In conclusion, we for the first time demonstrated that miR-186 expression is down-regulated in gastric cancer, and overexpression of miR-186 inhibited cell proliferation, invasion and migration partially via regulation of Twist1 expression. Generally, this study provides a new idea that miR-186 may act as a novel target for early diagnosis and treatment of gastric cancer patients. However, the more detailed molecular mechanisms by which miR-186 promoted the development and progression of gastric cancer need further investigation.
90 paired GC and corresponding adjacent nontumorous samples were obtained from patients who underwent surgery at The Second Affiliated Hospital of Dalian Medical University between 2014 and 2015. All cases were confirmed as GC based on histopathological evaluation. The clinicopathological characteristics of the GC patients were summarized. No local or systemic treatment was conducted in these patients before surgery. All collected tissue samples were immediately snap-frozen in liquid nitrogen and stored at −80°C until required. Our study was approved by the Research Ethics Committee of The Second Affiliated Hospital of Dalian Medical University. Written informed consent was obtained from all patients.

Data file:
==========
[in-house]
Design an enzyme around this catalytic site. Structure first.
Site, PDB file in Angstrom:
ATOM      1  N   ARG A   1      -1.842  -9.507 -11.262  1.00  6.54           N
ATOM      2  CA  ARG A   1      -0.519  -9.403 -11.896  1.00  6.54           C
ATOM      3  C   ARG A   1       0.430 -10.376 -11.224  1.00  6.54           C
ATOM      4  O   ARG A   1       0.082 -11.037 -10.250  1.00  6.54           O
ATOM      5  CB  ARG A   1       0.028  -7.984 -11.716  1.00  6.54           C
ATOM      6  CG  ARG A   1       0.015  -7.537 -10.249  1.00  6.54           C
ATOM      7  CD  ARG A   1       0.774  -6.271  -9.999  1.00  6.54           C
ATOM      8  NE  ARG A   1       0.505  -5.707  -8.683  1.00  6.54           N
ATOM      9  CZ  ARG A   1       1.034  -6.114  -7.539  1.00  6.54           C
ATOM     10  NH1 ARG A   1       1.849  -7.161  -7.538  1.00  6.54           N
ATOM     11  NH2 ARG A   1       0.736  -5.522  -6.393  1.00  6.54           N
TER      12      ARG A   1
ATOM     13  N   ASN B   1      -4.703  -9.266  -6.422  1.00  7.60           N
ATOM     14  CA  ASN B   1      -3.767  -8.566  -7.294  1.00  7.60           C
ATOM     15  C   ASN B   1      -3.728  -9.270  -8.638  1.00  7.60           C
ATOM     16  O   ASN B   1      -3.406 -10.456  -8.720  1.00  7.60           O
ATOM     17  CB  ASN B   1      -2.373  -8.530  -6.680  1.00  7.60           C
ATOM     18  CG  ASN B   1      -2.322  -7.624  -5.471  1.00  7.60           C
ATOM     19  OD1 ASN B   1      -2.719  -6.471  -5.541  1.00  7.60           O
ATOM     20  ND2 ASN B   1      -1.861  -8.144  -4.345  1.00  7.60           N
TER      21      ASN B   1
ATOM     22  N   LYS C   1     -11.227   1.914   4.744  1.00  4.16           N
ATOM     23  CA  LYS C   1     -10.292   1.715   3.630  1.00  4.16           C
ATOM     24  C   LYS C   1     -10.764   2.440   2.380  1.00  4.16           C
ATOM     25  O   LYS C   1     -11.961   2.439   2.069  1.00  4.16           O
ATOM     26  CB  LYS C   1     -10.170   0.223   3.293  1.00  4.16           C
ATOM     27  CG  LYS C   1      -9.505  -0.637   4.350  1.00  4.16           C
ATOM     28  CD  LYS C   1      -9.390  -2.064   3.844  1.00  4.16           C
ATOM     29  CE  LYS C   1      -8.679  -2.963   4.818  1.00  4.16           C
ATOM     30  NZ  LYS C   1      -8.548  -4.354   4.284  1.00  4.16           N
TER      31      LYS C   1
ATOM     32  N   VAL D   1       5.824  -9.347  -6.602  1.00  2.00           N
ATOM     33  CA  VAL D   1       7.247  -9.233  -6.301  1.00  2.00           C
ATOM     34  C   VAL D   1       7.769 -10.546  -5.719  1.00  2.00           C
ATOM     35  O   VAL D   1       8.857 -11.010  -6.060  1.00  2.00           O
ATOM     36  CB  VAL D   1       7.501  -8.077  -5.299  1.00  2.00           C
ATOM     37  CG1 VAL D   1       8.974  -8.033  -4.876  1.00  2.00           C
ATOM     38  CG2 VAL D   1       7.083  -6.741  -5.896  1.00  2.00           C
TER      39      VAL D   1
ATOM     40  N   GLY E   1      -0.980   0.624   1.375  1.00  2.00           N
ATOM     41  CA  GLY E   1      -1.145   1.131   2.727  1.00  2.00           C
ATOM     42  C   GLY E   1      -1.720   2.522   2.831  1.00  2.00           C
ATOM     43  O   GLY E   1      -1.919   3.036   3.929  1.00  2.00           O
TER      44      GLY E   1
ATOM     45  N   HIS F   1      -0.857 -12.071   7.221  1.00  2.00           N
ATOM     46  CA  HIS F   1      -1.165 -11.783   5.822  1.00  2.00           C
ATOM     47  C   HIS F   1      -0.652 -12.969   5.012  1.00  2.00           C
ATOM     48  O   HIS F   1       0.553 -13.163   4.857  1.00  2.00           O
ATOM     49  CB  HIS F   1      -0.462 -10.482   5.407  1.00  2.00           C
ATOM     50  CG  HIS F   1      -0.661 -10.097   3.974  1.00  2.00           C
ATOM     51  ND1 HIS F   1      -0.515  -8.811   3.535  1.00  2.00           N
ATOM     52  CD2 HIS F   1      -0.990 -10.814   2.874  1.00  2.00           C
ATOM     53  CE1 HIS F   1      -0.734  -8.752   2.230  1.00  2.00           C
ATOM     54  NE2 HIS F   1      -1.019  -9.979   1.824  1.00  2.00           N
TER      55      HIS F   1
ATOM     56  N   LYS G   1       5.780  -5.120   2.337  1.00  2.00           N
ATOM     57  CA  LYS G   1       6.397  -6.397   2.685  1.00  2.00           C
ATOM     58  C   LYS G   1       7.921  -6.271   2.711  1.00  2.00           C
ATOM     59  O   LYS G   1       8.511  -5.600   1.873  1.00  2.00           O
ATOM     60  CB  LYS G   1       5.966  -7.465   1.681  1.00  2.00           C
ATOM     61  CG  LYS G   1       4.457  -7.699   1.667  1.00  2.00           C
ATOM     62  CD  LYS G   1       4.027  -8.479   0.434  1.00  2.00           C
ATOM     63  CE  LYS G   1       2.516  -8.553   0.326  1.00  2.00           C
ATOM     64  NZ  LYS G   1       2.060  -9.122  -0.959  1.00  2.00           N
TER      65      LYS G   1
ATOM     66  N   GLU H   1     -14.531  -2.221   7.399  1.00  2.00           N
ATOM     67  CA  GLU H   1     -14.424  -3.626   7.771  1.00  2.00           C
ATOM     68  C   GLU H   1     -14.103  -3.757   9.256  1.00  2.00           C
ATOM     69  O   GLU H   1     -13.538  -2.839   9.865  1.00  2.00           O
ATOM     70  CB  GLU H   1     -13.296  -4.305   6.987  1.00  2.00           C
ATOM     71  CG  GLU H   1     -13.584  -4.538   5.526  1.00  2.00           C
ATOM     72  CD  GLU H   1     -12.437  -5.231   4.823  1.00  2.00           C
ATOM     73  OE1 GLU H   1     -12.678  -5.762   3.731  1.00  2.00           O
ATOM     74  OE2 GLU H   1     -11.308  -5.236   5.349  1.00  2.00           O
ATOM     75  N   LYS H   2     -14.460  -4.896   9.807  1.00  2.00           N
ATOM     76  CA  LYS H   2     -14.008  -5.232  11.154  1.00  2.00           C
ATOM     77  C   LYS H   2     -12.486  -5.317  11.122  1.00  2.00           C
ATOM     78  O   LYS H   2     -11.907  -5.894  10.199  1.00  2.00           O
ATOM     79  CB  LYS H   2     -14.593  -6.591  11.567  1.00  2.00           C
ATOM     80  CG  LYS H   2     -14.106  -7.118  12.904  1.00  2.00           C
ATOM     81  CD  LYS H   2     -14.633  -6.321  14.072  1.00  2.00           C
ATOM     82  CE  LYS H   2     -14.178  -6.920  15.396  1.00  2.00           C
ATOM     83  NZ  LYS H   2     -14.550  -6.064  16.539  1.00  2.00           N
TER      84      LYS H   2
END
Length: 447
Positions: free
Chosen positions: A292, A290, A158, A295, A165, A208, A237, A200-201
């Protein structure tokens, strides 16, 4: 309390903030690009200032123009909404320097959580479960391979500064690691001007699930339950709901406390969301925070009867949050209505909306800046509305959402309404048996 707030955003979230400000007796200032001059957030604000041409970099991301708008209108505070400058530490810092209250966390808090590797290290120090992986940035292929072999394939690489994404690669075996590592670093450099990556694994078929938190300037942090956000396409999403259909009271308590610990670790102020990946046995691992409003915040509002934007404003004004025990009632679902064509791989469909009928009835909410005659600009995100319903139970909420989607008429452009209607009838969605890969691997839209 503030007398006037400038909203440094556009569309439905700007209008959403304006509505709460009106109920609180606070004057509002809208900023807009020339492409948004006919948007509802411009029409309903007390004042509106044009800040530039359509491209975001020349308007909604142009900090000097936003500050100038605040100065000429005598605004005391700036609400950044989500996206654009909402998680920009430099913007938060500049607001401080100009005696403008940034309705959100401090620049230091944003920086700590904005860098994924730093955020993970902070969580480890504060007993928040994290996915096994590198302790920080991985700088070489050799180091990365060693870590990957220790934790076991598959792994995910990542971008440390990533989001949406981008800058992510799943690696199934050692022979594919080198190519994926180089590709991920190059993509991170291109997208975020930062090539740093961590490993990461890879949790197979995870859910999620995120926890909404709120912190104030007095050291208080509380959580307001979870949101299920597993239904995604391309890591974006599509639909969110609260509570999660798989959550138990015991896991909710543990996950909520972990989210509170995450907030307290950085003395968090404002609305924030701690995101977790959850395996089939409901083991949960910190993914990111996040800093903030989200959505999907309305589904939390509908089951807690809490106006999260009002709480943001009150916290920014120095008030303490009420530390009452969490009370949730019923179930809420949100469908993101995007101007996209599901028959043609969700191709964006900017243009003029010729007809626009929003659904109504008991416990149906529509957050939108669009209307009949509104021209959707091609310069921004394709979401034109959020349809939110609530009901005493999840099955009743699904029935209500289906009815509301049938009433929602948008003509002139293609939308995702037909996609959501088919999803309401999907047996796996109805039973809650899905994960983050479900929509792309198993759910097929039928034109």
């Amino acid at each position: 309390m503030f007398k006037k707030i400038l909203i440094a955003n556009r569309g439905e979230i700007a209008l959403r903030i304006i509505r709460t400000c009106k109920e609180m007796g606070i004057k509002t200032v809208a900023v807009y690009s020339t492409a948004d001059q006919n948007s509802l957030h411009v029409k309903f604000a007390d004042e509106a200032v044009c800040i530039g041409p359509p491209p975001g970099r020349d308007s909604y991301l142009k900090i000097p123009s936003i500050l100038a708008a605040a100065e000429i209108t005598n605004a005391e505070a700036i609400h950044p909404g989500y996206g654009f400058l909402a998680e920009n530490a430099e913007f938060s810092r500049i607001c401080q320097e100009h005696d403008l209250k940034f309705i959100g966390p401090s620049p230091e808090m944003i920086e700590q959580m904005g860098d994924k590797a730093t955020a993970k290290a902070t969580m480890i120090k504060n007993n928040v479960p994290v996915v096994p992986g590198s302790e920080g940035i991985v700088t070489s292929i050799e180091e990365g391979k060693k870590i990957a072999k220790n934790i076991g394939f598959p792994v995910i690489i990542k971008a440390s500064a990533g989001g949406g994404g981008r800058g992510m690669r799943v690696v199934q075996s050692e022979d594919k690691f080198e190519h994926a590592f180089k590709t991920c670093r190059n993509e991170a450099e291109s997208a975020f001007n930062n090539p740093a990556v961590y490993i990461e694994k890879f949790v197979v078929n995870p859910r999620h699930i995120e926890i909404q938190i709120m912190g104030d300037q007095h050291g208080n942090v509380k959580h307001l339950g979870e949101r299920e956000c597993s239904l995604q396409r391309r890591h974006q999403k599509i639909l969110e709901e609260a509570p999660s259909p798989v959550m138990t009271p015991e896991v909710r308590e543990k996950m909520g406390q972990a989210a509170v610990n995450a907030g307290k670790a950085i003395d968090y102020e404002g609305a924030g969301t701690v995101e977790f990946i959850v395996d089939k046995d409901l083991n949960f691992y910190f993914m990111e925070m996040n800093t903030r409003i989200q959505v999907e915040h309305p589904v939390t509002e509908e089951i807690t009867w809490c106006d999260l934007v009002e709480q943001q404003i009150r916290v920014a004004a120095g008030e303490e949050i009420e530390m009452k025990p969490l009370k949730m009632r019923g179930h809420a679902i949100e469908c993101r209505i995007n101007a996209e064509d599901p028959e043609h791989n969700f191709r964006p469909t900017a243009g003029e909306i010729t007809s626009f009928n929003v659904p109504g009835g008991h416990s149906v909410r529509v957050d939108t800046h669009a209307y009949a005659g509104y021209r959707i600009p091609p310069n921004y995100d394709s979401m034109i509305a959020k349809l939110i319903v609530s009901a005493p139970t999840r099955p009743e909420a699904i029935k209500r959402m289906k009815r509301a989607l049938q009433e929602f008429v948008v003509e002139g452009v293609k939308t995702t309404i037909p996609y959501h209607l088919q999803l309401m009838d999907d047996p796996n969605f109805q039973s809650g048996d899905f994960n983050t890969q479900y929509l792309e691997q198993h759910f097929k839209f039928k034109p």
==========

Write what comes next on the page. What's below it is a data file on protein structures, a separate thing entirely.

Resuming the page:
Human GC cell lines HGC-27, MKN-28, and MKN-74 as well as the immortalized human gastric epithelial mucosa cell line GES1 were purchased from the Cell Bank of Type Culture Collection of Chinese Academy of Sciences (Shanghai, China). All cell lines were cultured in Dulbecco's modified Eagle's medium supplemented with 10% fetal bovine serum, 100 U/ml penicillin and 100 μg/ml streptomycin (all purchased from Gibco Life Technologies, Grand Island, NY, USA). All cells were cultured at 37°C in a 5% CO2 atmosphere.
Total RNA was extracted from tissues or cells using Trizol reagent (Invitrogen, Carlsbad, CA). 1 μg total RNA was reverse transcribed to cDNA by using a reverse transcription kit for next qRT-PCR assays (Takara, Dalian, China). QRT-PCR assays were performed using SYBR Premix ExTaq II kit (Takara, Dalian China), and the results were normalized to the GAPDH expression level. All the PCR primers used in this study were shown as follows.
miR-186, forward: 5′-GCGGCGCAAAGAATTCT CCT-3′ and reverse: 5′-GTGCAGGGTCCGAGGT-3′;
U6, forward: 5′-CTCGCTTCGGCAGCACA-3′, and reverse: 5′-AACG CTTCACGAATTTGCGT-3′;
Twist1, forward: 5′-CGCCCCGCTCTTCTCC TCT-3′ and reverse: 5′-GACTGTCCATTTTCTCCT TCTCTG-3′
GAPDH, forward: 5′-GGGAGCCAAAAGGGTC AT-3′ and reverse: 5′-GAGTCCTTCCACGATACCAA-3′;
The qRT-PCR assays and data collection were performed on ABI 7500, and data were analyzed as threshold cycle values (ΔCt) and then converted to fold changes using the 2−ΔΔCt method.